Restricting the amount of time spent sitting down each day to less than three hours could boost the life expectancy of US adults by as much as two years, research has found.
Reducing the number of hours spent watching TV to fewer than two every day could also extend life by nearly 1.4 years, the study published in the online journal BMJ Open said.
In carrying it out, researchers found evidence that adults spend an average of 55% of their day engaged in sedentary pursuits.
Several previous studies have linked extended periods spent sitting down and/or watching TV to poor health and death from heart disease or stroke.
In this latest study, researchers used data collected for the National Health and Nutrition Examination Survey (NHANES) for 2005/6 and 2009/10, to calculate the amount of time US adults spent watching TV and sitting down on a daily basis.
NHANES regularly surveys a large representative sample of the US population on various aspects of their health and lifestyle.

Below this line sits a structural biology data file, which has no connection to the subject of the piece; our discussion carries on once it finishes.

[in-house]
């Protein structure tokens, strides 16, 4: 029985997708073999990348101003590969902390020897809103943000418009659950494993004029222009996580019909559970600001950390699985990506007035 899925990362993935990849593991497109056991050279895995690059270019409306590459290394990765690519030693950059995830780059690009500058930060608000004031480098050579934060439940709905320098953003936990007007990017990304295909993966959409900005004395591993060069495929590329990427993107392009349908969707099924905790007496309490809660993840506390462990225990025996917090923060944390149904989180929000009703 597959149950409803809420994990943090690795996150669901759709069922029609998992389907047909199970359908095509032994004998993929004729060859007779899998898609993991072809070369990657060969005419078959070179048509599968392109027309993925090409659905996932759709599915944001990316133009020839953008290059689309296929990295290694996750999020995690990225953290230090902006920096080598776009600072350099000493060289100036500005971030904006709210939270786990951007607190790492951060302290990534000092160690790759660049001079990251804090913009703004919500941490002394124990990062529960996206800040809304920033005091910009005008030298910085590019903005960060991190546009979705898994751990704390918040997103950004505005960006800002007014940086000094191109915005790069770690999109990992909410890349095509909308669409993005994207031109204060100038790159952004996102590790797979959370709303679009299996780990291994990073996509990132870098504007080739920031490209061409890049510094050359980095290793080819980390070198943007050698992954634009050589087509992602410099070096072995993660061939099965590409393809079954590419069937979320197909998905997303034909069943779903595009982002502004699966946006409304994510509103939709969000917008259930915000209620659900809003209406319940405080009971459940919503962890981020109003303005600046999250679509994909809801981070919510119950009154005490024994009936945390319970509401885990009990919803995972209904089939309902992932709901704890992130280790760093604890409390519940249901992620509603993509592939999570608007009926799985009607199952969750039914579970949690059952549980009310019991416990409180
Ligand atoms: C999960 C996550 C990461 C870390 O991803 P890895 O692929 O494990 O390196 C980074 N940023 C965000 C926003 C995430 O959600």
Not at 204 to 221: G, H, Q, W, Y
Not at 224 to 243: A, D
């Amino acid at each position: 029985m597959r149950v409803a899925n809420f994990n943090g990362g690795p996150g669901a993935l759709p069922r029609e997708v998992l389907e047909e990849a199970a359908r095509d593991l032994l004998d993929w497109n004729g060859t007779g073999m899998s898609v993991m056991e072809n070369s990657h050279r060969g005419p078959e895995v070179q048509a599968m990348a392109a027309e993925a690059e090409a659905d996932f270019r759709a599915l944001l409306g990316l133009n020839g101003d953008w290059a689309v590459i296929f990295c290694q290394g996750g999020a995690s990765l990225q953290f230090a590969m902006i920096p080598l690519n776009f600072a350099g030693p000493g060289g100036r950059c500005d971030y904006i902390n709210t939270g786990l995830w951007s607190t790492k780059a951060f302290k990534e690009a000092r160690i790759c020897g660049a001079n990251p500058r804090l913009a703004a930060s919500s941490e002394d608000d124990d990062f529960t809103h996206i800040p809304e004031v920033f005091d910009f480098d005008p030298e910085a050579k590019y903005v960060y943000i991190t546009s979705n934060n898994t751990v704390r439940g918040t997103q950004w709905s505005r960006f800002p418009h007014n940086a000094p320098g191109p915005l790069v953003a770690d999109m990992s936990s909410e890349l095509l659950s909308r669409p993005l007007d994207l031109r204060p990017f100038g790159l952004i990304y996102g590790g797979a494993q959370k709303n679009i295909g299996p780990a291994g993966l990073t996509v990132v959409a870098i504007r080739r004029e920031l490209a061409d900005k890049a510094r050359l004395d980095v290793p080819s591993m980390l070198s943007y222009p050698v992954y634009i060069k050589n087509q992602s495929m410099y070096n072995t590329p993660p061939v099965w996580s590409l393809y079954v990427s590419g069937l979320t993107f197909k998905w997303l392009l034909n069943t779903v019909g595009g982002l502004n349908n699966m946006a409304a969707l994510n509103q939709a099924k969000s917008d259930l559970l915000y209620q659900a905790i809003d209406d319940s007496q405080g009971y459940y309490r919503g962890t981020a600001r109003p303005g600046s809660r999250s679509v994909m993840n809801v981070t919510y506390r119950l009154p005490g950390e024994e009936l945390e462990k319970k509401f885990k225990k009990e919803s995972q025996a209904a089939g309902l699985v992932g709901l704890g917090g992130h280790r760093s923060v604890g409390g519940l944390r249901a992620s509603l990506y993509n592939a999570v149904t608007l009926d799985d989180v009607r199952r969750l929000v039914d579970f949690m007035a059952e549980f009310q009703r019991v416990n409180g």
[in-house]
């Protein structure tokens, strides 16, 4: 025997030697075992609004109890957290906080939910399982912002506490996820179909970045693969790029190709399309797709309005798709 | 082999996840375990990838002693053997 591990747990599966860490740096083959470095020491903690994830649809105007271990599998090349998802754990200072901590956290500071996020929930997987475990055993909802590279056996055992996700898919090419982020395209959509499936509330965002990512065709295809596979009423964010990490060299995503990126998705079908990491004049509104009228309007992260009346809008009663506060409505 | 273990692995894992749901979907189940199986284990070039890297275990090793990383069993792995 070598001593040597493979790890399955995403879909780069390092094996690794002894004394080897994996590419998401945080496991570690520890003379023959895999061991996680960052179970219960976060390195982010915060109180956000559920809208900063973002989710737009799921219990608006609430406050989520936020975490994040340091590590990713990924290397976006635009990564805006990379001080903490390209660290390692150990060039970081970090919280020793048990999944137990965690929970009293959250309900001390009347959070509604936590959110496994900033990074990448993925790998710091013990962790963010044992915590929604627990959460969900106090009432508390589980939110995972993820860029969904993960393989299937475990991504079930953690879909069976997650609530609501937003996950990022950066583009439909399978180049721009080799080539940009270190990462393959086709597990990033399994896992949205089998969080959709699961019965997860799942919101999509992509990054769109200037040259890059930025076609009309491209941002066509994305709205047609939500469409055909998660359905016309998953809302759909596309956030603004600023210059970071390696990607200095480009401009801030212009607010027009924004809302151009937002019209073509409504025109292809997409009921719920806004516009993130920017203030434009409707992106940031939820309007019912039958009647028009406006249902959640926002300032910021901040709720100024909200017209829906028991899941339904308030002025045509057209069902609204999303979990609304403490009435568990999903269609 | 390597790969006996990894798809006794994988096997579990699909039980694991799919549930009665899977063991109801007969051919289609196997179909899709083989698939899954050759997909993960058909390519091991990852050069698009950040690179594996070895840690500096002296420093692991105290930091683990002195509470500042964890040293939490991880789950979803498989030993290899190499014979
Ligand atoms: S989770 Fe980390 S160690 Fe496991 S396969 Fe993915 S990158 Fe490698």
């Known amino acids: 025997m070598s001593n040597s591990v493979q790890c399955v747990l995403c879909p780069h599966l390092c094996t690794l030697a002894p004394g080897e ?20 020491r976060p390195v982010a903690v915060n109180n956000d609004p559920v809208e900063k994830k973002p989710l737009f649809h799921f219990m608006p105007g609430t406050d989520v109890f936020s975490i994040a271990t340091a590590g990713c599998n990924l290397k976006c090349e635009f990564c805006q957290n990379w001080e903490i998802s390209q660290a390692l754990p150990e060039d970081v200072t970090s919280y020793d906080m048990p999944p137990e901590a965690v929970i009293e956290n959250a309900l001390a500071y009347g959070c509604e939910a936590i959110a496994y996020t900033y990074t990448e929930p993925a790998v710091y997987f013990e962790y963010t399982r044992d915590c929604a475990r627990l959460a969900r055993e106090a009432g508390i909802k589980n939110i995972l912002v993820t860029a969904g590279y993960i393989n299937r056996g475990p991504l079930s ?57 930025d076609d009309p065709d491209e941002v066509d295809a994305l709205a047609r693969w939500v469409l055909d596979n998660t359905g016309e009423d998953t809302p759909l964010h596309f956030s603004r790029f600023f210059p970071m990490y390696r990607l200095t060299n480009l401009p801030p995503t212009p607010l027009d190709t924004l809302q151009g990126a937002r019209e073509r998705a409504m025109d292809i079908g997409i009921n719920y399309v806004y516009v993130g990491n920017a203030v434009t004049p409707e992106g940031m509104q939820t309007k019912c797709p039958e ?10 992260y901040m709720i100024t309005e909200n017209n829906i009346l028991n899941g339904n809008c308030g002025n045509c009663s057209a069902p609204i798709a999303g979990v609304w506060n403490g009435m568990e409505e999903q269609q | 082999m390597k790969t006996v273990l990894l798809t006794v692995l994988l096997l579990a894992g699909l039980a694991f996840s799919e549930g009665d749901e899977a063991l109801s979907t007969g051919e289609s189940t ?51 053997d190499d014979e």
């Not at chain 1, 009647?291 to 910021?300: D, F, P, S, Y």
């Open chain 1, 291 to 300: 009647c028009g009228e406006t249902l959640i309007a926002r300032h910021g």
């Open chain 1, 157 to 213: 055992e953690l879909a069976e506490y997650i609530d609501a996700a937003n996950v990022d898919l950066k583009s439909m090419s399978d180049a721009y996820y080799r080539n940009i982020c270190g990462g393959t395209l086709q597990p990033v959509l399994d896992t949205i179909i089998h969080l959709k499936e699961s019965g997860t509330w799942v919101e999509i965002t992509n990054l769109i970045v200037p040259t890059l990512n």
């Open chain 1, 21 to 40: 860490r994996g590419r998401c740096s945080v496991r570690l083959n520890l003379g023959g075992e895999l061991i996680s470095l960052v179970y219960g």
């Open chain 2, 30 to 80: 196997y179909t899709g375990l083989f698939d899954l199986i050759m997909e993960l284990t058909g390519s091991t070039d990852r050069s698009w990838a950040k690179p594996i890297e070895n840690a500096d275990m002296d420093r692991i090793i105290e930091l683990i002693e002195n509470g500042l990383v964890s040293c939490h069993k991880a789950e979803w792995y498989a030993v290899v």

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They trawled the research database MEDLINE, looking for published studies on sitting time and deaths from all causes, and pooled the different relative risk data from the five relevant studies, involving almost 167,000 adults.
The database was then re-analysed, taking account of age and sex.
They combined these data and the NHANES figures to come up with an estimate of the theoretical effects of a risk factor to a population, rather than an individual level - to calculate the number of deaths associated with time spent sitting down.
They found that cutting the amount of time spent sitting down every day to under three hours would add an extra two years to life expectancy.
Similarly, restricting time spent watching TV to under two hours daily would extend life expectancy by an extra 1.38 years.
The authors said their analysis assumes a causal association rather than proving that there is one and added their findings should not be interpreted as meaning that someone who leads a more sedentary lifestyle can expect to live two or 1.4 years less than someone who is more active.
Further research will be required before recommendations on safe levels of sedentary behaviour can be made, they said.
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